Genesis, 10

This chapter lists the descendants of the three sons of Noah: Shem, Ham, and Japheth. It also describes the different nations and territories that were settled by their descendants.

Genesis, 10


Bible version

The Nations of the Earth

1 Now these are the generations of the sons of Noah, Shem, Ham, and Japheth: and unto them were sons born after the flood.
2 The sons of Japheth; Gomer, and Magog, and Madai, and Javan, and Tubal, and Meshech, and Tiras.
3 And the sons of Gomer; Ashkenaz, and Riphath, and Togarmah.
4 And the sons of Javan; Elishah, and Tarshish, Kittim, and Dodanim.
5 By these were the isles of the Gentiles divided in their lands; every one after his tongue, after their families, in their nations.
6 And the sons of Ham; Cush, and Mizraim, and Phut, and Canaan.
7 And the sons of Cush; Seba, and Havilah, and Sabtah, and Raamah, and Sabtecha: and the sons of Raamah; Sheba, and Dedan.
8 And Cush begat Nimrod: he began to be a mighty one in the earth.
9 He was a mighty hunter before the LORD: wherefore it is said, Even as Nimrod the mighty hunter before the LORD.
10 And the beginning of his kingdom was Babel, and Erech, and Accad, and Calneh, in the land of Shinar.
11 Out of that land went forth Asshur, and builded Nineveh, and the city Rehoboth, and Calah,
12 And Resen between Nineveh and Calah: the same is a great city.
13 And Mizraim begat Ludim, and Anamim, and Lehabim, and Naphtuhim,
14 And Pathrusim, and Casluhim, (out of whom came Philistim,) and Caphtorim.
15 And Canaan begat Sidon his firstborn, and Heth,
16 And the Jebusite, and the Amorite, and the Girgasite,
17 And the Hivite, and the Arkite, and the Sinite,
18 And the Arvadite, and the Zemarite, and the Hamathite: and afterward were the families of the Canaanites spread abroad.
19 And the border of the Canaanites was from Sidon, as thou comest to Gerar, unto Gaza; as thou goest, unto Sodom, and Gomorrah, and Admah, and Zeboim, even unto Lasha.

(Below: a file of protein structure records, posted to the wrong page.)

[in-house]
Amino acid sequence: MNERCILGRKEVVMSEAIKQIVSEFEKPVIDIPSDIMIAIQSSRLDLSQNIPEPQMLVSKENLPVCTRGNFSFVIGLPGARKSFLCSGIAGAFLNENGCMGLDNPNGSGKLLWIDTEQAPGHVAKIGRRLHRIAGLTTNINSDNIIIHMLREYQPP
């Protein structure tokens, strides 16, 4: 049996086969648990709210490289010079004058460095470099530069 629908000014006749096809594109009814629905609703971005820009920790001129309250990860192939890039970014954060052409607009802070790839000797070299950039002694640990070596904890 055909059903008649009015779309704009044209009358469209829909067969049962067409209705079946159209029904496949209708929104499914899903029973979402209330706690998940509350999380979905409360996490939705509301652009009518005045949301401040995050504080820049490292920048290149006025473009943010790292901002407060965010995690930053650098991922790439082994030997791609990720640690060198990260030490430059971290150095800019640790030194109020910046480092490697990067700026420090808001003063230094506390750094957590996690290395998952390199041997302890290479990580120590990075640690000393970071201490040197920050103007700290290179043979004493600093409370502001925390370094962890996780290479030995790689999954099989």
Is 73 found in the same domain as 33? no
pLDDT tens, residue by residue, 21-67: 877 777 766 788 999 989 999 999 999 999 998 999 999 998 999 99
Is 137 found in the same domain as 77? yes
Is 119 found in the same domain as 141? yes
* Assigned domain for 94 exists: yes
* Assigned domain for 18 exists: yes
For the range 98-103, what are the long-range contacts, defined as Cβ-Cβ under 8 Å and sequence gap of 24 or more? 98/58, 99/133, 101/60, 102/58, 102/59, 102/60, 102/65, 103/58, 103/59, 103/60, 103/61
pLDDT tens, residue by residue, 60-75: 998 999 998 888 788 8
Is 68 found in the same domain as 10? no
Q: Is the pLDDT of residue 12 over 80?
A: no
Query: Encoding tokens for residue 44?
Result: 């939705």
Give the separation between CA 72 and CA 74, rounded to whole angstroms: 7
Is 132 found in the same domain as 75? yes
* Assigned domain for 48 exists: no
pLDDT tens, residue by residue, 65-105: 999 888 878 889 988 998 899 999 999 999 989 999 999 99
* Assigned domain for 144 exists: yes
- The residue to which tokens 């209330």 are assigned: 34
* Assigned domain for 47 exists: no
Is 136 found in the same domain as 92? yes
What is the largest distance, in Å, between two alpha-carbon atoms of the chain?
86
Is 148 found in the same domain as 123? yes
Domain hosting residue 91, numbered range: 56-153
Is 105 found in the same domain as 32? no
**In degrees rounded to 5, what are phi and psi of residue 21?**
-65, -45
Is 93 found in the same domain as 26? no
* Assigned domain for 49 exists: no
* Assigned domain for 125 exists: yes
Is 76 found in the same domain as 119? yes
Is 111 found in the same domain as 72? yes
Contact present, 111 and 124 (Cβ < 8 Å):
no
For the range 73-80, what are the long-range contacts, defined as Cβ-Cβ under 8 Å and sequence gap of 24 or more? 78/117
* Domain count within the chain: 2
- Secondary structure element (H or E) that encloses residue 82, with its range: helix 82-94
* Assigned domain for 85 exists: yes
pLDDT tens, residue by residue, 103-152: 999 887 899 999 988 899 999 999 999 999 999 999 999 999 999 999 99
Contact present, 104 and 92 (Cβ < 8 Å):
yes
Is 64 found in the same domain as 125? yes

20 These are the sons of Ham, after their families, after their tongues, in their countries, and in their nations.
21 Unto Shem also, the father of all the children of Eber, the brother of Japheth the elder, even to him were children born.
22 The children of Shem; Elam, and Asshur, and Arphaxad, and Lud, and Aram.
23 And the children of Aram; Uz, and Hul, and Gether, and Mash.
24 And Arphaxad begat Salah; and Salah begat Eber.
25 And unto Eber were born two sons: the name of one was Peleg; for in his days was the earth divided; and his brother's name was Joktan.
26 And Joktan begat Almodad, and Sheleph, and Hazarmaveth, and Jerah,
27 And Hadoram, and Uzal, and Diklah,
28 And Obal, and Abimael, and Sheba,
29 And Ophir, and Havilah, and Jobab: all these were the sons of Joktan.
30 And their dwelling was from Mesha, as thou goest unto Sephar a mount of the east.
31 These are the sons of Shem, after their families, after their tongues, in their lands, after their nations.
32 These are the families of the sons of Noah, after their generations, in their nations: and by these were the nations divided in the earth after the flood.


Genesis 10 is the tenth chapter of the Book of Genesis in the Hebrew Bible. It is the first of five chapters in the Table of Nations, which describes the descendants of Noah and their geographical locations. The chapter begins with a list of the sons of Noah and their descendants, who are divided into seventy nations. The chapter then goes on to describe the geographical locations of each of these nations, with particular emphasis on the descendants of Shem, Ham, and Japheth. This chapter is important for several reasons. First, it provides a genealogical record of the descendants of Noah, which is essential for understanding the history of the ancient Near East. Second, it provides a geographical context for the stories of the Bible, which often take place in the lands of these nations. Finally, it serves as a reminder of the unity of humanity, as all of these nations are descended from the same ancestor. In addition to its historical and geographical significance, this chapter also has theological implications. It serves as a reminder of God's promise to Noah that he would never again destroy the world by flood. It also serves as a reminder of God's promise to Abraham that his descendants would be as numerous as the stars in the sky. Finally, it serves as a reminder of God's faithfulness to his promises, as all of these nations are descended from the same ancestor. Overall, Genesis 10 is an important chapter in the Bible, providing a genealogical and geographical context for the stories of the Bible, as well as a reminder of God's faithfulness to his promises.

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Assuming a reader with an average reading speed of 300 WPM reads the Genesis, chapter 10 it would take approximately 3 minutes to finish.

There are 32 verses in Genesis, chapter 10.